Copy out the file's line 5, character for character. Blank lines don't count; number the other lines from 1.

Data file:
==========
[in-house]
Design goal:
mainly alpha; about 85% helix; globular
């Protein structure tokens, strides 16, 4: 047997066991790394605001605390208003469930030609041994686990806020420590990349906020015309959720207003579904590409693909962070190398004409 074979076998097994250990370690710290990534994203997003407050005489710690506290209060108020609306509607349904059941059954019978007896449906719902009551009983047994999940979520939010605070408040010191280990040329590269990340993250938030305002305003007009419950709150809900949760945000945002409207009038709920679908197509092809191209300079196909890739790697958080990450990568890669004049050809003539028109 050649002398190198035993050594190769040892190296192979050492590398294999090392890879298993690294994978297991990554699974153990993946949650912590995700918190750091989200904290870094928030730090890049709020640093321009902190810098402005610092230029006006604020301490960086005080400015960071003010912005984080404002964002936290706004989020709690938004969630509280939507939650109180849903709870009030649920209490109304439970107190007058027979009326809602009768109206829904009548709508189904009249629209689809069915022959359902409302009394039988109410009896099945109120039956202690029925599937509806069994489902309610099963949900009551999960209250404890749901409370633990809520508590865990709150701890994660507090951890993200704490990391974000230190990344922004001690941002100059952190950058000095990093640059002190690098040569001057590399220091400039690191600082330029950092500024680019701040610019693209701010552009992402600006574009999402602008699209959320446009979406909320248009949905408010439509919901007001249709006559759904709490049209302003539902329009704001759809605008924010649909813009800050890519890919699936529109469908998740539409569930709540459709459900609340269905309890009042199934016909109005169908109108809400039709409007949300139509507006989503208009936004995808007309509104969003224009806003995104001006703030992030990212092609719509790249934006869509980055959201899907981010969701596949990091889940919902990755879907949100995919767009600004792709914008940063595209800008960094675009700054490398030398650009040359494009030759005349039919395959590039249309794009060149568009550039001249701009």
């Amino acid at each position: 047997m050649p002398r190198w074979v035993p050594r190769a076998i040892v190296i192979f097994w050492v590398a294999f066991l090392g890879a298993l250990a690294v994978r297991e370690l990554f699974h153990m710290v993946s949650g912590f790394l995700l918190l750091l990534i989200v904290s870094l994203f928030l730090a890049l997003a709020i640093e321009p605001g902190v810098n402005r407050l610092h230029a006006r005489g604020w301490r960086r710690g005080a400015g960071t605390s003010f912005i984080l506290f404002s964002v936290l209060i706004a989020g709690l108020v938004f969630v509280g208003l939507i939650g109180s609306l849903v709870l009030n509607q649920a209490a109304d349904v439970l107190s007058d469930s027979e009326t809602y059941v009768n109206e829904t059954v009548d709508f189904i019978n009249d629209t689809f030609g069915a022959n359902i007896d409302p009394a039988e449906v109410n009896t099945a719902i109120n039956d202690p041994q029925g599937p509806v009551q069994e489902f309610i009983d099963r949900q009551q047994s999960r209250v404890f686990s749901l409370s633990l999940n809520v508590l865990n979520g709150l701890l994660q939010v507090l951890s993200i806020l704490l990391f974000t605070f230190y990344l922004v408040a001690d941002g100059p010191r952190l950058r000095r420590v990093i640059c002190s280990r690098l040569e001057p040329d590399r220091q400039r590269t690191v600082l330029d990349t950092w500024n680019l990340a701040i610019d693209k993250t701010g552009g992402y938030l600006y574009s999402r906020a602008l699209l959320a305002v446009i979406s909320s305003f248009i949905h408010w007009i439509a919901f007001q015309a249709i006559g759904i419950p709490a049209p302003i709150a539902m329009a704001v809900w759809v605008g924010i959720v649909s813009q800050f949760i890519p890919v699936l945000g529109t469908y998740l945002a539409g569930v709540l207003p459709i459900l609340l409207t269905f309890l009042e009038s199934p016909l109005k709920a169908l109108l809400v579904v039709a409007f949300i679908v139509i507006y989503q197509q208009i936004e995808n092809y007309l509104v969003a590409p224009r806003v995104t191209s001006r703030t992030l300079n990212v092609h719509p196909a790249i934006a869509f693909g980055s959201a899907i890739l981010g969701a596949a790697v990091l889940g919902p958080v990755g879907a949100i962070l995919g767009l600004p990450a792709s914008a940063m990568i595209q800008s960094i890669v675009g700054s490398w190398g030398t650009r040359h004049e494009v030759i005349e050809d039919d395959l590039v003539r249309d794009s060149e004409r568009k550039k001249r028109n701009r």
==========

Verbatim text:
């Amino acid at each position: 047997m050649p002398r190198w074979v035993p050594r190769a076998i040892v190296i192979f097994w050492v590398a294999f066991l090392g890879a298993l250990a690294v994978r297991e370690l990554f699974h153990m710290v993946s949650g912590f790394l995700l918190l750091l990534i989200v904290s870094l994203f928030l730090a890049l997003a709020i640093e321009p605001g902190v810098n402005r407050l610092h230029a006006r005489g604020w301490r960086r710690g005080a400015g960071t605390s003010f912005i984080l506290f404002s964002v936290l209060i706004a989020g709690l108020v938004f969630v509280g208003l939507i939650g109180s609306l849903v709870l009030n509607q649920a209490a109304d349904v439970l107190s007058d469930s027979e009326t809602y059941v009768n109206e829904t059954v009548d709508f189904i019978n009249d629209t689809f030609g069915a022959n359902i007896d409302p009394a039988e449906v109410n009896t099945a719902i109120n039956d202690p041994q029925g599937p509806v009551q069994e489902f309610i009983d099963r949900q009551q047994s999960r209250v404890f686990s749901l409370s633990l999940n809520v508590l865990n979520g709150l701890l994660q939010v507090l951890s993200i806020l704490l990391f974000t605070f230190y990344l922004v408040a001690d941002g100059p010191r952190l950058r000095r420590v990093i640059c002190s280990r690098l040569e001057p040329d590399r220091q400039r590269t690191v600082l330029d990349t950092w500024n680019l990340a701040i610019d693209k993250t701010g552009g992402y938030l600006y574009s999402r906020a602008l699209l959320a305002v446009i979406s909320s305003f248009i949905h408010w007009i439509a919901f007001q015309a249709i006559g759904i419950p709490a049209p302003i709150a539902m329009a704001v809900w759809v605008g924010i959720v649909s813009q800050f949760i890519p890919v699936l945000g529109t469908y998740l945002a539409g569930v709540l207003p459709i459900l609340l409207t269905f309890l009042e009038s199934p016909l109005k709920a169908l109108l809400v579904v039709a409007f949300i679908v139509i507006y989503q197509q208009i936004e995808n092809y007309l509104v969003a590409p224009r806003v995104t191209s001006r703030t992030l300079n990212v092609h719509p196909a790249i934006a869509f693909g980055s959201a899907i890739l981010g969701a596949a790697v990091l889940g919902p958080v990755g879907a949100i962070l995919g767009l600004p990450a792709s914008a940063m990568i595209q800008s960094i890669v675009g700054s490398w190398g030398t650009r040359h004049e494009v030759i005349e050809d039919d395959l590039v003539r249309d794009s060149e004409r568009k550039k001249r028109n701009r």